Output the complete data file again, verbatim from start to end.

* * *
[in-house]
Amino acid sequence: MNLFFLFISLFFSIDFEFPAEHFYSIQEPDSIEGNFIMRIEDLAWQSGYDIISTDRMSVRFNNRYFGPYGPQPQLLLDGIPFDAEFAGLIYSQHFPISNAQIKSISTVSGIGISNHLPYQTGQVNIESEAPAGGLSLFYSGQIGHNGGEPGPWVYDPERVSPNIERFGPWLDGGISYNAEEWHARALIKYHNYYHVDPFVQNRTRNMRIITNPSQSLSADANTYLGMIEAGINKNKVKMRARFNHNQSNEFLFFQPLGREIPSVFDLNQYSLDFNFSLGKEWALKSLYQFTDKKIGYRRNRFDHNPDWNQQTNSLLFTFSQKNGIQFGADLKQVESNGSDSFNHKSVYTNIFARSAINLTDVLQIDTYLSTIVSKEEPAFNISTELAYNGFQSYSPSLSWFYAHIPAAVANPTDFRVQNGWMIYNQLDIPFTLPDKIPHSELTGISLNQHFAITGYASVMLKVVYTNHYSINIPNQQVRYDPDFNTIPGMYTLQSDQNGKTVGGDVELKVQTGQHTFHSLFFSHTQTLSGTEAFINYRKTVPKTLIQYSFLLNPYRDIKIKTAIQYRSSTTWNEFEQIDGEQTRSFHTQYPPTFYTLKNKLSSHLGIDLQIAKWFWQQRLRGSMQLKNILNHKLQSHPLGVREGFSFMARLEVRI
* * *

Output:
[in-house]
Amino acid sequence: MNLFFLFISLFFSIDFEFPAEHFYSIQEPDSIEGNFIMRIEDLAWQSGYDIISTDRMSVRFNNRYFGPYGPQPQLLLDGIPFDAEFAGLIYSQHFPISNAQIKSISTVSGIGISNHLPYQTGQVNIESEAPAGGLSLFYSGQIGHNGGEPGPWVYDPERVSPNIERFGPWLDGGISYNAEEWHARALIKYHNYYHVDPFVQNRTRNMRIITNPSQSLSADANTYLGMIEAGINKNKVKMRARFNHNQSNEFLFFQPLGREIPSVFDLNQYSLDFNFSLGKEWALKSLYQFTDKKIGYRRNRFDHNPDWNQQTNSLLFTFSQKNGIQFGADLKQVESNGSDSFNHKSVYTNIFARSAINLTDVLQIDTYLSTIVSKEEPAFNISTELAYNGFQSYSPSLSWFYAHIPAAVANPTDFRVQNGWMIYNQLDIPFTLPDKIPHSELTGISLNQHFAITGYASVMLKVVYTNHYSINIPNQQVRYDPDFNTIPGMYTLQSDQNGKTVGGDVELKVQTGQHTFHSLFFSHTQTLSGTEAFINYRKTVPKTLIQYSFLLNPYRDIKIKTAIQYRSSTTWNEFEQIDGEQTRSFHTQYPPTFYTLKNKLSSHLGIDLQIAKWFWQQRLRGSMQLKNILNHKLQSHPLGVREGFSFMARLEVRI